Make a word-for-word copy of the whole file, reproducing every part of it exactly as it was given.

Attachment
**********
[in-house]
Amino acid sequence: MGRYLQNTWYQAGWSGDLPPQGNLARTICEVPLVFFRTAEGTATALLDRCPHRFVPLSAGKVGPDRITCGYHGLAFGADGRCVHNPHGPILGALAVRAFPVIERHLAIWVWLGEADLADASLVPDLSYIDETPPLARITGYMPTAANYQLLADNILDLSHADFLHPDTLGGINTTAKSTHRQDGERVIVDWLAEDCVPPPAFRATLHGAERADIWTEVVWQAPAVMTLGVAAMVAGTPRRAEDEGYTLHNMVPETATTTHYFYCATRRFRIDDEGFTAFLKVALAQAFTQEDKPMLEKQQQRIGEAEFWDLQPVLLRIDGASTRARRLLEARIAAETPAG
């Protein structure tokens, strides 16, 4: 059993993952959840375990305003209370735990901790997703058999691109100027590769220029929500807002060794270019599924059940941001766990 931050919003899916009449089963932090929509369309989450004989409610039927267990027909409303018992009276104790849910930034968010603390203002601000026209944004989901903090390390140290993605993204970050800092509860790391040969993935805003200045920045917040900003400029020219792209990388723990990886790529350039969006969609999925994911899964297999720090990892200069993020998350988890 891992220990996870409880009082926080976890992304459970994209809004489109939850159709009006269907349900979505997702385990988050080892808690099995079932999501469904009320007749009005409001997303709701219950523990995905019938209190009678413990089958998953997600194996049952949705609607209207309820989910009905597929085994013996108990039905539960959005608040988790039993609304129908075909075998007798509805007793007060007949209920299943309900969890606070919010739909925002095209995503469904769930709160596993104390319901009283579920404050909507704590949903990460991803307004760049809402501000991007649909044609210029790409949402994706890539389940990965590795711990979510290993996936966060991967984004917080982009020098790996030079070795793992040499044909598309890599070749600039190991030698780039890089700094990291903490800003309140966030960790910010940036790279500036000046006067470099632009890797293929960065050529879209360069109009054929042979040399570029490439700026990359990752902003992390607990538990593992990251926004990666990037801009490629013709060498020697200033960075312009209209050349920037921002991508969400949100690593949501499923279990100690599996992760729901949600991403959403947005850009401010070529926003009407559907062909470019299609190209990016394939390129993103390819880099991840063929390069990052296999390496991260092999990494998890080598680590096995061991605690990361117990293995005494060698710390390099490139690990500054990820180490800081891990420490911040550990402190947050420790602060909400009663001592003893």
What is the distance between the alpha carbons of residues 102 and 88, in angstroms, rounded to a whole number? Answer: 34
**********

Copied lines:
[in-house]
Amino acid sequence: MGRYLQNTWYQAGWSGDLPPQGNLARTICEVPLVFFRTAEGTATALLDRCPHRFVPLSAGKVGPDRITCGYHGLAFGADGRCVHNPHGPILGALAVRAFPVIERHLAIWVWLGEADLADASLVPDLSYIDETPPLARITGYMPTAANYQLLADNILDLSHADFLHPDTLGGINTTAKSTHRQDGERVIVDWLAEDCVPPPAFRATLHGAERADIWTEVVWQAPAVMTLGVAAMVAGTPRRAEDEGYTLHNMVPETATTTHYFYCATRRFRIDDEGFTAFLKVALAQAFTQEDKPMLEKQQQRIGEAEFWDLQPVLLRIDGASTRARRLLEARIAAETPAG
């Protein structure tokens, strides 16, 4: 059993993952959840375990305003209370735990901790997703058999691109100027590769220029929500807002060794270019599924059940941001766990 931050919003899916009449089963932090929509369309989450004989409610039927267990027909409303018992009276104790849910930034968010603390203002601000026209944004989901903090390390140290993605993204970050800092509860790391040969993935805003200045920045917040900003400029020219792209990388723990990886790529350039969006969609999925994911899964297999720090990892200069993020998350988890 891992220990996870409880009082926080976890992304459970994209809004489109939850159709009006269907349900979505997702385990988050080892808690099995079932999501469904009320007749009005409001997303709701219950523990995905019938209190009678413990089958998953997600194996049952949705609607209207309820989910009905597929085994013996108990039905539960959005608040988790039993609304129908075909075998007798509805007793007060007949209920299943309900969890606070919010739909925002095209995503469904769930709160596993104390319901009283579920404050909507704590949903990460991803307004760049809402501000991007649909044609210029790409949402994706890539389940990965590795711990979510290993996936966060991967984004917080982009020098790996030079070795793992040499044909598309890599070749600039190991030698780039890089700094990291903490800003309140966030960790910010940036790279500036000046006067470099632009890797293929960065050529879209360069109009054929042979040399570029490439700026990359990752902003992390607990538990593992990251926004990666990037801009490629013709060498020697200033960075312009209209050349920037921002991508969400949100690593949501499923279990100690599996992760729901949600991403959403947005850009401010070529926003009407559907062909470019299609190209990016394939390129993103390819880099991840063929390069990052296999390496991260092999990494998890080598680590096995061991605690990361117990293995005494060698710390390099490139690990500054990820180490800081891990420490911040550990402190947050420790602060909400009663001592003893």
What is the distance between the alpha carbons of residues 102 and 88, in angstroms, rounded to a whole number? Answer: 34